We all giggled. It’s always a relief when you’re going to be sharing dishes and everyone in your party is pretty much up for anything. It really adds to the enjoyment of a food outing, don’t you think?

Naturally, yukke was ordered.

Raw, marinated thinly sliced beef on a bed of similarly sliced cucumber, topped with a raw egg. Heavenly. I was pretty excited about this, as it was my first time having yukke. Tristan had been here before and thought it quite special. I’ve had beef tataki before which is also served raw but this is the traditional izakaya shit, yo. As we ate, Sebas told us about how in France you can get horsemeat tartare and how good it is. Don’t think horse as a meat is very popular here though?

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Unlike my experience at Ichi Ni Izakaya, our waitress was only too happy to help me choose a sake suited to my taste. We ended up with a slightly sweet, cloudy Kizakura bottle to share. I was pleasantly surprised to see that Penny also had a bottle of it at her place the day after, purchased at the Good Food and Wine Show. Our waitress made a point of coming back after we polished off our bottle to check if we liked it which I thought rather sweet.

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Next up, some takoyaki. While these were delicious, I’m used to them being crispier on the outside. I first had a gorgeous Japanese friend make these for me at her place many years ago and confess that that has become my standard against which subsequent takoyaki are measured. She was single-handedly responsible for converting me to the yumminess of octopus too.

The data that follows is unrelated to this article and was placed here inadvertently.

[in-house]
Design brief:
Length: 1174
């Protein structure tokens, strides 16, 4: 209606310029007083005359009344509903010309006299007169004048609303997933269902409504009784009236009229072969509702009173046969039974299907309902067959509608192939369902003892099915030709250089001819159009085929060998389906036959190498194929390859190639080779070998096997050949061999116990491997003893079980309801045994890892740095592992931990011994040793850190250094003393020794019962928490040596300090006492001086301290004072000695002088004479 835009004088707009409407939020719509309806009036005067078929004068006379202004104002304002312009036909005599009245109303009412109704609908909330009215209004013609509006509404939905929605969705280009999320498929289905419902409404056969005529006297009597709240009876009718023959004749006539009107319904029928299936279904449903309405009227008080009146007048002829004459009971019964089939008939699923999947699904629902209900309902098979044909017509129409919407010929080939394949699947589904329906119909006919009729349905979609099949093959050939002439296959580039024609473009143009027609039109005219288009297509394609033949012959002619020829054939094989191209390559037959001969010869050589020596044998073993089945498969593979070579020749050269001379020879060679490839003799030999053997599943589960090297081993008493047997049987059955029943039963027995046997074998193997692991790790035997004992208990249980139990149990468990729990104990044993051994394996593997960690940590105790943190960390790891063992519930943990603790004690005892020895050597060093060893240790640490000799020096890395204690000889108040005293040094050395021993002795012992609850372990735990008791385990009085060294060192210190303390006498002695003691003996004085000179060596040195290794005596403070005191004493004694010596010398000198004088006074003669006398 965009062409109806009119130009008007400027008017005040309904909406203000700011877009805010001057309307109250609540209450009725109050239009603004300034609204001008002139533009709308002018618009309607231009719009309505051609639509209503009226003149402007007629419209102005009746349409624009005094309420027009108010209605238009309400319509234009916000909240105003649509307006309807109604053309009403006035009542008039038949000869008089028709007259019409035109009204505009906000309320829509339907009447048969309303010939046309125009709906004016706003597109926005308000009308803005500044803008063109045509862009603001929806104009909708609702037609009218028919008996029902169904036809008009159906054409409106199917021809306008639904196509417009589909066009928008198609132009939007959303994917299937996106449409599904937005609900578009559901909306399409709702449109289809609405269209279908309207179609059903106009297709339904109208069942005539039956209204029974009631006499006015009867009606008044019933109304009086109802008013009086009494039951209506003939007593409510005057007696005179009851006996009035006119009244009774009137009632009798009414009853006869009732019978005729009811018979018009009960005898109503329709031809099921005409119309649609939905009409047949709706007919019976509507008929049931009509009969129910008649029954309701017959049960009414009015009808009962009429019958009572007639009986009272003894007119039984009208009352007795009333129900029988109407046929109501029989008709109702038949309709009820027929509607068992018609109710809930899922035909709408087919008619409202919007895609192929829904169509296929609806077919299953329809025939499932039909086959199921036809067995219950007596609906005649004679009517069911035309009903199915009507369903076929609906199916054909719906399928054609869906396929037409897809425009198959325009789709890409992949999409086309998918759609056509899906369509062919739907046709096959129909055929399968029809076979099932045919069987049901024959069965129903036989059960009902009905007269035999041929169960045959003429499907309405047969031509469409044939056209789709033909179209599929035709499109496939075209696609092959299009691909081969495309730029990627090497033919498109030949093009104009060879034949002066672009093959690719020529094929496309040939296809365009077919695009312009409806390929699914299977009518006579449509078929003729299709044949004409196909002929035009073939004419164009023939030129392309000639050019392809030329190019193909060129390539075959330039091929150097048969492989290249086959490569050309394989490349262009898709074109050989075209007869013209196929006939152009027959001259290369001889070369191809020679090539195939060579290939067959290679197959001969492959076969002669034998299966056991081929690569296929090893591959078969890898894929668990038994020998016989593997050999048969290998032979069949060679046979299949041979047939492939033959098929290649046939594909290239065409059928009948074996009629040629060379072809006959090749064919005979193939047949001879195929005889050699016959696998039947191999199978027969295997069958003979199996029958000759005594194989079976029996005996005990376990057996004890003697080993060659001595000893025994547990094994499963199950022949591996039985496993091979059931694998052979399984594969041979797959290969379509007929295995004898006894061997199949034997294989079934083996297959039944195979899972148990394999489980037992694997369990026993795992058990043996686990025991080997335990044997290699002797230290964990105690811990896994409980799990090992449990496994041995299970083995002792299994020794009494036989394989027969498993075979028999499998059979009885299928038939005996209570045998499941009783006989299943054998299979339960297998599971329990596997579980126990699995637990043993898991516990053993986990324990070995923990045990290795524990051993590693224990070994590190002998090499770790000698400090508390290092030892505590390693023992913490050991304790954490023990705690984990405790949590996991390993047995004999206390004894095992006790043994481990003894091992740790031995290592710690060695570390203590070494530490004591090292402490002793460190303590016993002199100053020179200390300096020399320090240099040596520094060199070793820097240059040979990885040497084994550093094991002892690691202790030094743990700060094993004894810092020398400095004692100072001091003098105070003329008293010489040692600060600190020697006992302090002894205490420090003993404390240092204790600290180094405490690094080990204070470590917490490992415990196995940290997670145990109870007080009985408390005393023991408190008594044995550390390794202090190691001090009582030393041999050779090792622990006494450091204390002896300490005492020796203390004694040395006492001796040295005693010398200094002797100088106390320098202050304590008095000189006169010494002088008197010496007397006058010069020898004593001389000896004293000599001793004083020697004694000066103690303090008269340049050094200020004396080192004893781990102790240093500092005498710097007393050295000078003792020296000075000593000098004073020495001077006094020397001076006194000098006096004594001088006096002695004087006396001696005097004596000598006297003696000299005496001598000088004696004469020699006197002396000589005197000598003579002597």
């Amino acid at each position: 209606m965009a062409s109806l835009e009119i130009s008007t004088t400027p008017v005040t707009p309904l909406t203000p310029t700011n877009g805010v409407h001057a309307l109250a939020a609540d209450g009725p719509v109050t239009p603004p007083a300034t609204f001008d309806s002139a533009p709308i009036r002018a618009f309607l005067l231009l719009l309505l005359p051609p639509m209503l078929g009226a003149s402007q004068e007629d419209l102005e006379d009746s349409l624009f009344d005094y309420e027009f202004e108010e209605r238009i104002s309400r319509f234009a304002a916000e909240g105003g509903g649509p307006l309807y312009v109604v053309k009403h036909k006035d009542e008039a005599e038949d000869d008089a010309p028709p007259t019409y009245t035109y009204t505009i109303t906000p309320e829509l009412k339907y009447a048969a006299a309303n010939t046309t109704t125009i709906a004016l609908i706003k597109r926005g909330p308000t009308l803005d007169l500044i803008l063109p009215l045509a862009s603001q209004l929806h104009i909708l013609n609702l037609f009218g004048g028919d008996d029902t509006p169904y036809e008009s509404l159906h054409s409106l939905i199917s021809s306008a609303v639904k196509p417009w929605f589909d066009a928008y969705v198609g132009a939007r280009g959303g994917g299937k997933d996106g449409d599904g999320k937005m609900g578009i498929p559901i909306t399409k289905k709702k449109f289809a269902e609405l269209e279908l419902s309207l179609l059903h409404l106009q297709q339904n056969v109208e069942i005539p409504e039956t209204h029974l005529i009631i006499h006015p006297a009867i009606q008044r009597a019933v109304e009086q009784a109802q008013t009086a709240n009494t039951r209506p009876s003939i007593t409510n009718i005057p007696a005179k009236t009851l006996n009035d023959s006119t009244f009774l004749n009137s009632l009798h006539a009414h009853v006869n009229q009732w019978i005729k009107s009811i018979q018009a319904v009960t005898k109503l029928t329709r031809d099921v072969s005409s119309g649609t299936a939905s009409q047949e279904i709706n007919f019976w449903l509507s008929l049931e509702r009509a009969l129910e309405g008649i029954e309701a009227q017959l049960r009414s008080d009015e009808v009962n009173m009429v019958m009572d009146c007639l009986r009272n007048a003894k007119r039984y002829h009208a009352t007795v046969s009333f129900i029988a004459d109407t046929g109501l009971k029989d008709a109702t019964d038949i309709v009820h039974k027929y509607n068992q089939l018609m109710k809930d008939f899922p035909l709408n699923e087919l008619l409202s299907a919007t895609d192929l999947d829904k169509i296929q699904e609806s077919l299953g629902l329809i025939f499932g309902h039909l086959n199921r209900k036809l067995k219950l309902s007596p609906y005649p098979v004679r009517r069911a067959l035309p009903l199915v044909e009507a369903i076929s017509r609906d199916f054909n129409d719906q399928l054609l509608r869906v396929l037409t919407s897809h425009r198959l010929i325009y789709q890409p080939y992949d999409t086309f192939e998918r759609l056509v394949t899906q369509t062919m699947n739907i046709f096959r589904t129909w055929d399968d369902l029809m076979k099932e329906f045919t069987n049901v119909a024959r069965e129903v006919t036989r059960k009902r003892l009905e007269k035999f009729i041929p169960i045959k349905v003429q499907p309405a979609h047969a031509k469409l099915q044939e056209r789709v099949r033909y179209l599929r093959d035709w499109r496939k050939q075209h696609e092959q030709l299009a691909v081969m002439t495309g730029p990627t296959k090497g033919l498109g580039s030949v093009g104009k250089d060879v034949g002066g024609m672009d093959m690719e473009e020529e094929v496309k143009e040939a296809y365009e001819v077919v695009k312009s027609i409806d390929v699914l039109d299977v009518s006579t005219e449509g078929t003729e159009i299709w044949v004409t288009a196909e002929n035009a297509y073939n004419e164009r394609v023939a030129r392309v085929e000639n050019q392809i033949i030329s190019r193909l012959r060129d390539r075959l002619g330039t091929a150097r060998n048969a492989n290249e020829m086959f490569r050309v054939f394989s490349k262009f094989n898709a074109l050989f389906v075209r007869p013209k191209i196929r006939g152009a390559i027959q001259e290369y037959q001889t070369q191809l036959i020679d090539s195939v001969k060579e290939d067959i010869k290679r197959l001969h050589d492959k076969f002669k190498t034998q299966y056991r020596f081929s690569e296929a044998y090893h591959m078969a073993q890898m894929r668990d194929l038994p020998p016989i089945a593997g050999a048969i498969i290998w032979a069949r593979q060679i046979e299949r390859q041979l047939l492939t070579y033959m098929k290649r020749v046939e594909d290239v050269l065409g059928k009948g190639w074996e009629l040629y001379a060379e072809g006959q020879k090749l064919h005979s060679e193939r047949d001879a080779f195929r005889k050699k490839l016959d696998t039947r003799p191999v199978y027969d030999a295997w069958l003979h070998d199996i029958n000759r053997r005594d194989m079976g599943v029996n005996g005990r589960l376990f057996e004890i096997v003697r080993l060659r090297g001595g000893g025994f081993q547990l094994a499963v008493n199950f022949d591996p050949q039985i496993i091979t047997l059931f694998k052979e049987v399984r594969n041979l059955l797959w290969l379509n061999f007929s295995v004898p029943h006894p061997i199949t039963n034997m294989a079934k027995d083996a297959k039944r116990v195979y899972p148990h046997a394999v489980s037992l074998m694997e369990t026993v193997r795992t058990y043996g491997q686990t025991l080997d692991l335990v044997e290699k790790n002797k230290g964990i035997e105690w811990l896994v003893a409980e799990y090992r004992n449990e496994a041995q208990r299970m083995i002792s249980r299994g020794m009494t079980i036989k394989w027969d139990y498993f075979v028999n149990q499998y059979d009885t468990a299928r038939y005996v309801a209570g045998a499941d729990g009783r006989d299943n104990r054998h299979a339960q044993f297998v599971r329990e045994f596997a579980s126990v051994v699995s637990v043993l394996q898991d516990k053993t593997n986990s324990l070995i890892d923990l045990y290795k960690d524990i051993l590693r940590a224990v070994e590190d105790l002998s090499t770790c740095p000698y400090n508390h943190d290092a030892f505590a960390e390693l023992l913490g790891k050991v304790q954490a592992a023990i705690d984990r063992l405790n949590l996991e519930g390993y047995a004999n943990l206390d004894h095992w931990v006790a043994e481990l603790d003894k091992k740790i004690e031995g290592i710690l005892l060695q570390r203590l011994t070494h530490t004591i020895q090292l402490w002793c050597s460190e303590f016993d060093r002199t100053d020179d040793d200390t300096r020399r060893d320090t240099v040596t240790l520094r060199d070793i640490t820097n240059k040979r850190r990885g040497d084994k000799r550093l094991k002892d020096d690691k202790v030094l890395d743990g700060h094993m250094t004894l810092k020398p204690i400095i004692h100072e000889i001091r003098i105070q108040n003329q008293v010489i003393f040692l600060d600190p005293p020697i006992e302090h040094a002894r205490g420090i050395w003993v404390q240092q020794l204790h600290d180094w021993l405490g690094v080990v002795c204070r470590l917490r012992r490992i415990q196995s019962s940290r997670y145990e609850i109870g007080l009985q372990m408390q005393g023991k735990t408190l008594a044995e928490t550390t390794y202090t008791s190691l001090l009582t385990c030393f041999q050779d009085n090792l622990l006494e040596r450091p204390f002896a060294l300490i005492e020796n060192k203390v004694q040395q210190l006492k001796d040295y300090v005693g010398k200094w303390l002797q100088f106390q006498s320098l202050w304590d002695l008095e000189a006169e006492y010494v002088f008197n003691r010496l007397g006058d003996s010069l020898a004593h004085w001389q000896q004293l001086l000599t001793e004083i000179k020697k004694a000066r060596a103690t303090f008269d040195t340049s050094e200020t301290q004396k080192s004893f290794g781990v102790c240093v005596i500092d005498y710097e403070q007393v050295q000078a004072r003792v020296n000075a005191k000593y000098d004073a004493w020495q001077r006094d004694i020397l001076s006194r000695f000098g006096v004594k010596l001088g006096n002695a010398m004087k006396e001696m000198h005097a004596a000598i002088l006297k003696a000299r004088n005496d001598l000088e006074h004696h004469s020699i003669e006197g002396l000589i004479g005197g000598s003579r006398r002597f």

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I also chose some deep fried battered squid tentacles with wasabi mayonnaise for dipping. I might just lose the respect of my fellow food bloggers by admitting…that I prefer Ajisen Ramen’s incarnation of this dish! Will you still respect me?

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It wasn’t all deep fried or meaty goodness. I did also insist upon a serving of horenso. How do the Japanese get a fairly bland vegetable to taste so good? Strict vegetarians might need to be careful with this dish as they often use bonito to season it.

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After this first lot of dishes, we all sat and chatted for quite some time. Everyone was too polite to say they were still hungry – so I fixed that and outright admitted I could still go more food. By this time, our delicious sake was finished, so we ordered a flask of the house sake which is served warm. I was ploughing into that too quickly so I got some of the Tanuki Beer that I saw advertised on the wall. I mean, could you resist getting beer named after a Japanese mythical trickster that potentially has magical balls?